The Python Software Foundation recommends using spaces instead of tabs to indent lines of code. Do not mix the use of tabs and spaces for indentation, or your code will not run correctly.

    For each feature listed in the JSON data, if the geometry type is point, the feature will be appended to the data_stations library. If the geometry type is polygon or multipolygon, the feature will be appended to the data_areas library.

    You'll run the len() function using the data_stations['features'] list to check how many features were loaded into the list.

  5. Run the following line:
    len(data_stations['features'])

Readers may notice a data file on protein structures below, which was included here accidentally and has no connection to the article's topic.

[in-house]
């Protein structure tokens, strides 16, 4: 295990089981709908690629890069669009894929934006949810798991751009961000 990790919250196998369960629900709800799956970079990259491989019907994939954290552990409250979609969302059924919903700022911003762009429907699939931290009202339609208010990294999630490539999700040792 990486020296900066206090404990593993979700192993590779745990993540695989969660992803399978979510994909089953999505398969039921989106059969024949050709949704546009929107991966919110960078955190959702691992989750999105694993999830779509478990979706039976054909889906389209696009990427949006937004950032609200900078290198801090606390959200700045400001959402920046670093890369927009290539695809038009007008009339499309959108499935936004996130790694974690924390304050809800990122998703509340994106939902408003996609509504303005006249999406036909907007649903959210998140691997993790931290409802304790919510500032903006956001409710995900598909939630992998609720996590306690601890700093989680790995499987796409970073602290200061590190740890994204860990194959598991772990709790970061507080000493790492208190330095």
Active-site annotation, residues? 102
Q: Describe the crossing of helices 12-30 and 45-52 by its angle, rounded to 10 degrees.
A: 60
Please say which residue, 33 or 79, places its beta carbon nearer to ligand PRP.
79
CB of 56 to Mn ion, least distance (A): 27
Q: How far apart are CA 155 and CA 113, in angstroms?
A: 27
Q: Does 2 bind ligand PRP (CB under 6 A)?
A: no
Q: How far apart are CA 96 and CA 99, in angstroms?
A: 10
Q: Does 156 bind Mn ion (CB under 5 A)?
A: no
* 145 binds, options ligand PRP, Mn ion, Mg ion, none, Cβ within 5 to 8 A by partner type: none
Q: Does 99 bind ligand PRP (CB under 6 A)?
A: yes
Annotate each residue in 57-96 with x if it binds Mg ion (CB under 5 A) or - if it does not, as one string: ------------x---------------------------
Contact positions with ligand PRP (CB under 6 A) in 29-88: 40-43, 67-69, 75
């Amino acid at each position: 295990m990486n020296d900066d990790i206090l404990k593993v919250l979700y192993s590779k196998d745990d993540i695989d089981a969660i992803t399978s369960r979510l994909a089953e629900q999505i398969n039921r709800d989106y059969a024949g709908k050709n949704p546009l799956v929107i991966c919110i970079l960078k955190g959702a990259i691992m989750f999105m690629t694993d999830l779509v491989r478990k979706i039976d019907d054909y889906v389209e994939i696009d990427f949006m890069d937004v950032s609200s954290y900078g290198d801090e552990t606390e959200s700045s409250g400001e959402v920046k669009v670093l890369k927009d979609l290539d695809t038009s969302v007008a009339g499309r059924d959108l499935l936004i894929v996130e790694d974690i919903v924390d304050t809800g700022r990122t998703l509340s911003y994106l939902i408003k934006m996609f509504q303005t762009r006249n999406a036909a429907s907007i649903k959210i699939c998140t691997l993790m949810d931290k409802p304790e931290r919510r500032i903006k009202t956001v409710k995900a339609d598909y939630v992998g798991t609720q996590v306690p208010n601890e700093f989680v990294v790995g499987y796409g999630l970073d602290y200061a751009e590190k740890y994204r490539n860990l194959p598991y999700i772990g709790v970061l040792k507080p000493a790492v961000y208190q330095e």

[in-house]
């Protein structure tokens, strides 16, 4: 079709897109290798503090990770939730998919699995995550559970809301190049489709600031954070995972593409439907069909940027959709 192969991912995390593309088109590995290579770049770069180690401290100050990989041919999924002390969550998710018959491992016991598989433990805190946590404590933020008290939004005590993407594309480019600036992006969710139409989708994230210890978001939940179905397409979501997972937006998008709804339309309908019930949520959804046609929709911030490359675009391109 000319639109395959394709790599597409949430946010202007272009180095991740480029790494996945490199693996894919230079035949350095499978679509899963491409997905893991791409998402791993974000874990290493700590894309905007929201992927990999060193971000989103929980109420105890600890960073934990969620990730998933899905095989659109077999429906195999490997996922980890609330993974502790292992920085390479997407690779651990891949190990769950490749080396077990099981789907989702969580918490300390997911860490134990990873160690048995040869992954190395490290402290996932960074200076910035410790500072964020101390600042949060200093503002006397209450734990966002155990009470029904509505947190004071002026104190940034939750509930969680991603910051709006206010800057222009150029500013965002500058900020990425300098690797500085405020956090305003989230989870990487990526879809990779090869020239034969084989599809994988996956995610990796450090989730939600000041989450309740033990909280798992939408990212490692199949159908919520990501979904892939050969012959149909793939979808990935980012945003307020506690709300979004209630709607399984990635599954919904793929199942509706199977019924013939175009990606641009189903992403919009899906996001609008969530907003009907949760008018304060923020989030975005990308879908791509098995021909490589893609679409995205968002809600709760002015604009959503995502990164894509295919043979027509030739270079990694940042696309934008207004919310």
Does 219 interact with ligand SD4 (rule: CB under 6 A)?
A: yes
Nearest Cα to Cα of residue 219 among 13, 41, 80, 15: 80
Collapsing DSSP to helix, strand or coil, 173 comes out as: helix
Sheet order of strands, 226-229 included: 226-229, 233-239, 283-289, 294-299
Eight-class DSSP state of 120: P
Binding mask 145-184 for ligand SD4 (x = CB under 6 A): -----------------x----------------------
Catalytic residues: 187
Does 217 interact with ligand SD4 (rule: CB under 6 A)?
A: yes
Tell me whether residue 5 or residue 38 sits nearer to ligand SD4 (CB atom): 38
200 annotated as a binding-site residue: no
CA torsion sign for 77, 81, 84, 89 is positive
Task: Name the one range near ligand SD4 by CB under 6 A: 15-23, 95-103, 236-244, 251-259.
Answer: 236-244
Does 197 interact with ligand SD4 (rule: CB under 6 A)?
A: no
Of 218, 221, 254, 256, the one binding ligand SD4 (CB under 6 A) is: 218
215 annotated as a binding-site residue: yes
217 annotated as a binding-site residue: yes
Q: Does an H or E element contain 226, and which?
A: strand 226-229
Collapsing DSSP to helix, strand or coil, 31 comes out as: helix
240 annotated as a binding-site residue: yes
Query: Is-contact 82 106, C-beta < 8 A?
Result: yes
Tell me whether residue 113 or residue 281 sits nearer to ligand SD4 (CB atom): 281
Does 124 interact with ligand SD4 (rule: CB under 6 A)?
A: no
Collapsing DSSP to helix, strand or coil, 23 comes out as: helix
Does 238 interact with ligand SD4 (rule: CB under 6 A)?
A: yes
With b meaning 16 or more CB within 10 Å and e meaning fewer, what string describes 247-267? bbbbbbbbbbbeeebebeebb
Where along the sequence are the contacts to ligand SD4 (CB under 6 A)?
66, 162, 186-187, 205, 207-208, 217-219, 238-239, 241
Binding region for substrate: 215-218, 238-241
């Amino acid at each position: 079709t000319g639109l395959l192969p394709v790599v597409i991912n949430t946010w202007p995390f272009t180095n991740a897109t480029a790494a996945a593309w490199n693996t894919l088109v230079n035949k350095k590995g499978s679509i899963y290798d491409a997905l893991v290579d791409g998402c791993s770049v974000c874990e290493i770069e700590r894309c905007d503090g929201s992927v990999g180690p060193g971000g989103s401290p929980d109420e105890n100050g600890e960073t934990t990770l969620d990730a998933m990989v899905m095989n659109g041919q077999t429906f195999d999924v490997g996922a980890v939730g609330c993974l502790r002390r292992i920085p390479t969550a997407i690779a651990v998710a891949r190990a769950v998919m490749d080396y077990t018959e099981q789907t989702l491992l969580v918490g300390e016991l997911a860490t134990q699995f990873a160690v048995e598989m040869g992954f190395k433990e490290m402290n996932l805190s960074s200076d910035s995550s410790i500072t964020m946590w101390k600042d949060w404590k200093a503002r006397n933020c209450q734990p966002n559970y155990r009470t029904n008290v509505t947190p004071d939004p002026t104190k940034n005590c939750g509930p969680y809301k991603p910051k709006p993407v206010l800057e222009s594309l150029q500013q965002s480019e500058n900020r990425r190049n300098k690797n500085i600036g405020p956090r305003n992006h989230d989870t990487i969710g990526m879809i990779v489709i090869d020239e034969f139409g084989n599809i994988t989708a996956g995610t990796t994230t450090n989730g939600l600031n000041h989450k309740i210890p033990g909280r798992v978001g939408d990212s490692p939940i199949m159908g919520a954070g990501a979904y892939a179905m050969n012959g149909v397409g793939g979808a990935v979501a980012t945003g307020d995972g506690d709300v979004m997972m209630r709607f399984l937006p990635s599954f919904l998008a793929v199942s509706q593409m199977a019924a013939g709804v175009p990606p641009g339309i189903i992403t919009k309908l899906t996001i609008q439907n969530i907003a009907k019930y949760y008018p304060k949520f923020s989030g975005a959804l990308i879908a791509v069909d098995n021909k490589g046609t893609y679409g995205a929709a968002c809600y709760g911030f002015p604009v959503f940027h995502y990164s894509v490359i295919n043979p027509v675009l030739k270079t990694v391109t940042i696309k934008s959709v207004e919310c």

Transcript showing len() function to count stations

    The line returns the number 213, indicating that there are 213 point features. The polygon features in the JSON correspond to areas of interest determined by NOAA. These areas change periodically, so you can't validate them as easily as the stations.

    Instead, you'll access the name and coordinates of the tenth feature in the list. In Python, lists start with 0 instead of 1, so the tenth feature is feature 9.

  6. Run the following line:
    data_areas['features'][9]['properties']['name']

    The transcript returns the name of the tenth feature.

  7. Run the following line:
    data_areas['features'][9]['geometry']['coordinates']

    The transcript returns a long list of coordinates, corresponding to each of the polygon's vertices.

    注:

    Because this data is updated periodically, your results may differ from the example image.